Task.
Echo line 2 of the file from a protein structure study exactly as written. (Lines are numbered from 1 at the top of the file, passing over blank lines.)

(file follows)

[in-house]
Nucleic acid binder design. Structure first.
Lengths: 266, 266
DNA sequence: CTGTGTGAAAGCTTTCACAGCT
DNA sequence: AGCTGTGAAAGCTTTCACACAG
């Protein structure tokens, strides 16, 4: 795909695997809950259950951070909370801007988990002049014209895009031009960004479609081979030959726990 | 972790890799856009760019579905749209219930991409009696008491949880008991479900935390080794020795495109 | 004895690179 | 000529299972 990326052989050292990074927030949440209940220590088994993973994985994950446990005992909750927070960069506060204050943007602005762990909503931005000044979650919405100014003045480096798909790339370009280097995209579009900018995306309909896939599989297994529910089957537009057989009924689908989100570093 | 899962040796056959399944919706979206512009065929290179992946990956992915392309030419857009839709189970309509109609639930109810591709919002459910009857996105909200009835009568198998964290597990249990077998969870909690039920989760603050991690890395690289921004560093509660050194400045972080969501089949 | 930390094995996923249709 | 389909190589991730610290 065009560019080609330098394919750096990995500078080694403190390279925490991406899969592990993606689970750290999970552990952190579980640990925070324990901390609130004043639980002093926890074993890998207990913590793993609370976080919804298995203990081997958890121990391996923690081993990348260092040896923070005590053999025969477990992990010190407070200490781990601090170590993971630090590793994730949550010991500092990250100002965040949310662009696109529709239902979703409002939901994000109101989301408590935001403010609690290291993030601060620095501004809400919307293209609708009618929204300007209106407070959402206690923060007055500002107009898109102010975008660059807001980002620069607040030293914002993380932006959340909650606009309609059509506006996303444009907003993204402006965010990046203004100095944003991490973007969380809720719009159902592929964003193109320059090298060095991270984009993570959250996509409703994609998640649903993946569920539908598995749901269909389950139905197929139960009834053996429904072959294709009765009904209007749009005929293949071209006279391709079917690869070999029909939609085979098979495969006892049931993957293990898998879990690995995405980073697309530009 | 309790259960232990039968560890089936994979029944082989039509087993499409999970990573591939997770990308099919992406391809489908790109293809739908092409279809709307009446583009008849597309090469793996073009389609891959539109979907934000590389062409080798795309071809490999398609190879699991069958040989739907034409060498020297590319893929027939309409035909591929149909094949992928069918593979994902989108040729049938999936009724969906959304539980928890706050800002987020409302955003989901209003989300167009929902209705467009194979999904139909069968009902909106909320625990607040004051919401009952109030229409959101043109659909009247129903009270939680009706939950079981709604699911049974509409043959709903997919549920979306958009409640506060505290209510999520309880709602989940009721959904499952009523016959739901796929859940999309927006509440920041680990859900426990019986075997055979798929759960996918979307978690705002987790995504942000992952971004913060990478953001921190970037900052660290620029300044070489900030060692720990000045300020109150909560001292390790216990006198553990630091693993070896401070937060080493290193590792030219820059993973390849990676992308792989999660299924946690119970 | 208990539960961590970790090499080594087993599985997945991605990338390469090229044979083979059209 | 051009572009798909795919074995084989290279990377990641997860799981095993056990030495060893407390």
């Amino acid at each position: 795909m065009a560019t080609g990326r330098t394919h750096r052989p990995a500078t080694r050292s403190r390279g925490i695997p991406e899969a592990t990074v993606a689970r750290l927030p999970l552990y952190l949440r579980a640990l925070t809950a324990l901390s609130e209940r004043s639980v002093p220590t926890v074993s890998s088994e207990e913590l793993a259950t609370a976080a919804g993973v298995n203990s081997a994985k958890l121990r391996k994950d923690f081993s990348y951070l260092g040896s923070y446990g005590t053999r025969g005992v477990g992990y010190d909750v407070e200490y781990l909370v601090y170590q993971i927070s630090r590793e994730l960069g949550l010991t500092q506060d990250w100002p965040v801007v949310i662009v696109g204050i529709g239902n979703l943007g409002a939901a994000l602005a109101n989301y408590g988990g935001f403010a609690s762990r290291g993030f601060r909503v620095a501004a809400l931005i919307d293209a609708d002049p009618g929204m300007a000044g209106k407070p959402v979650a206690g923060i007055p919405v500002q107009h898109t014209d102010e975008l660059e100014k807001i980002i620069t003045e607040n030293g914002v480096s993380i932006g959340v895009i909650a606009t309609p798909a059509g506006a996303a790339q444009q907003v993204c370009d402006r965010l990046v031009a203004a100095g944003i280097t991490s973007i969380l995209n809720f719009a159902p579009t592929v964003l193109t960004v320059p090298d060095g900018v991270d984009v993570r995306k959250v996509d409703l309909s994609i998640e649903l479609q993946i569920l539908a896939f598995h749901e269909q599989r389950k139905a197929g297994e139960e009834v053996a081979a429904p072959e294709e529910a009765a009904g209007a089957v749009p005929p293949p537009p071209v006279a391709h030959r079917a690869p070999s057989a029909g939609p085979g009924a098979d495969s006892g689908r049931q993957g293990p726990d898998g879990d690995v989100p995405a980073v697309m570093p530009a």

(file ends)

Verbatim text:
Nucleic acid binder design. Structure first.